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Currently, the US/Canada border is closed to "non-essential" travel. US citizens travelling to and from Alaska are allowed, with some restrictions, to make this journey by car.

Is the right of US citizens' access to Alaska guaranteed by some sort of treaty or international law, or is it solely based on the Canadian government's desire to be a good neighbour?

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    A search didn't turn up any treaties. Fun fact I did find out: the US government has (until last year, when they stopped) been funding maintenance of the Alaska Highway's Canadian portion to the tune of > $400 million over the past 40 years.
    – miken32
    Jul 31 '20 at 1:21
  • Close as I can find: treaty-accord.gc.ca/text-texte.aspx?id=103554 Article II, Paragraph 3, Section 5 suggests there exists cooperation between border agencies.
    – bishop
    Jul 31 '20 at 2:20
  • Travel to/from Port Orchard is similarly allowed. Jul 31 '20 at 5:18
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    Both the USA mainland and Alaska have ports, right? Technically they don't need Canada.
    – Mast
    Jul 31 '20 at 13:27
  • I think it's just them being good neighbors. Canadian law will apply. I recall it making the news at some point (probably in the 80s when I lived in the US), how Canadian border guard would take away the firearms some Americans tried to bring along in their vehicles. The offered solution was to get the guns shipped (mail or otherwise) to a border town in Alaska (or the contiguous 48, depending on which way you wanted to cross a part of Canada) for pick up. Jul 31 '20 at 14:41
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There is no accord allowing free movement of people between the USA and Canada. Neither country has visa requirements for short term entry, but there is no agreement (like the Schengen accord in Europe) to allow people to cross the border [source]

As such, both the USA and Canada are free to close the border for any or no reason, and there is no requirement in treaty to allow foreign nationals to enter a country to travel to an exclave.

There is an agreement for the USA to pay Canada to maintain and upgrade the Alaska Highway, and there is an agreement to share immigration information, but nothing in these agreements guarantees Alaskans the right to enter Canada for the purpose of travelling to and from the contiguous 48.

So this is essentially a case of "good neighbourliness". No doubt if this became a significant cause of new infections of COVID19, the situation would change.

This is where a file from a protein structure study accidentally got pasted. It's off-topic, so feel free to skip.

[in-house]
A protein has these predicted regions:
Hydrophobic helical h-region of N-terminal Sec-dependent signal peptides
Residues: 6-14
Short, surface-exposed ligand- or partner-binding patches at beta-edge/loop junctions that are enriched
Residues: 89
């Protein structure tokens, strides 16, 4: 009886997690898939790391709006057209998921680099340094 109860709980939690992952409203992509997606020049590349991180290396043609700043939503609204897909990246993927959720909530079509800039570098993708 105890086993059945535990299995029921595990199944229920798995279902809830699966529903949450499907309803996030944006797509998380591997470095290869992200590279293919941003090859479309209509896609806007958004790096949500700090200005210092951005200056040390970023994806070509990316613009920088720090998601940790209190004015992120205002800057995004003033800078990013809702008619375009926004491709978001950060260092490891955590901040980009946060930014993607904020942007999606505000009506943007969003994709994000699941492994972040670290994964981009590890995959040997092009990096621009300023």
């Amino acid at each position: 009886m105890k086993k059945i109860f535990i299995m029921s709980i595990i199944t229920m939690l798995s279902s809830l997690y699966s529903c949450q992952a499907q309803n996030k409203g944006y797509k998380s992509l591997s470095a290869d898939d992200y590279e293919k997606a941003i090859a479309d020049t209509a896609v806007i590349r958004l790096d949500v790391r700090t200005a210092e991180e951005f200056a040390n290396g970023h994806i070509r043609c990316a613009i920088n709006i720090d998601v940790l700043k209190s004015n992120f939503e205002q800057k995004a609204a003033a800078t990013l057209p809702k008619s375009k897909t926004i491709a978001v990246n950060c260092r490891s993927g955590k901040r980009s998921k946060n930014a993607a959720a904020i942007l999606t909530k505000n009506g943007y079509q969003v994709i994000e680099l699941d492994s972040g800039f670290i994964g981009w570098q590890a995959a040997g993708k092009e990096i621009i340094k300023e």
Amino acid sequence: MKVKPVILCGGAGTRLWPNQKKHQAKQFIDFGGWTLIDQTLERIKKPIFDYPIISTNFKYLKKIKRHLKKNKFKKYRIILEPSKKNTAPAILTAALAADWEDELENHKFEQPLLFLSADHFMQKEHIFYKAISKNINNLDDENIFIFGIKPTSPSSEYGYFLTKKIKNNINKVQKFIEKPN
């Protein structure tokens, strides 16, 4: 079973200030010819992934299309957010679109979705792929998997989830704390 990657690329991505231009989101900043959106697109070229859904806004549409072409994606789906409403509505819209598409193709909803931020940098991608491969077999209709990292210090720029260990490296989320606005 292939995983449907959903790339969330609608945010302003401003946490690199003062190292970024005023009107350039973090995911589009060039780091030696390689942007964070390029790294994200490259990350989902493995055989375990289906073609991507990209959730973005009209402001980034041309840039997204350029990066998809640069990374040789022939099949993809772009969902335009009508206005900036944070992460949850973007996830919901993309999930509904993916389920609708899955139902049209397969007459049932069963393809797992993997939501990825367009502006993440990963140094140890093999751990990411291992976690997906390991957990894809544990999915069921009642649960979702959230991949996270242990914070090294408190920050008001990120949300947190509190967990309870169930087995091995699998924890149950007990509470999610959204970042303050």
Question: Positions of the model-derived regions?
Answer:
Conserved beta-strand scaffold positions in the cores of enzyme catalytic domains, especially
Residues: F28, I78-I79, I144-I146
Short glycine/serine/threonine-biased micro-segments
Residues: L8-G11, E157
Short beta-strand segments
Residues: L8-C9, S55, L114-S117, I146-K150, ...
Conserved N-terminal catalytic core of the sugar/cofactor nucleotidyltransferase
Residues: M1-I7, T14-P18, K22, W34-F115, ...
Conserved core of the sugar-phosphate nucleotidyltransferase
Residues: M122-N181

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    Free movement is very different from any sort of legal requirement to allow access to an enclave, and that report... But this confirms what I thought; given the numbers I can't imagine this would cause any significant infection numbers, but the Canadian government does have the option to limit this travel if it desired.
    – miken32
    Jul 31 '20 at 14:21
  • "...among U.S. citizens, there is broad support for a BLA with Canada... Although only U.S. citizens are polled in this survey, the results would probably generalize to Canadian citizens..." NOPE
    – miken32
    Jul 31 '20 at 14:25
  • @miken32: Note that the survey was conducted in mid-2019. I suspect Canadian public opinion has shifted somewhat since then. Jul 31 '20 at 14:50
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    Feel compelled to share, this has changed as of yesterday canada.ca/en/border-services-agency/news/2020/07/…; still allowed, but with new restrictions/requirements. Jul 31 '20 at 19:24
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    I can say from following the news here in Vancouver that people are somewhat tolerant of Americans transiting to Alaska. There is more backlash when US plates are seen in tourist areas, giving the impression of Americans vacationing here. Situation is different on the inner coastal waterways to Alaska as some of the native Canadian communities on those islands have, for good reason, strict policies against visitors docking, US or Canadian. Overall, at this point, there is lots of support for keeping the border closed to non-essential travel, but limited demands for repealing AK transit. Jul 31 '20 at 21:45

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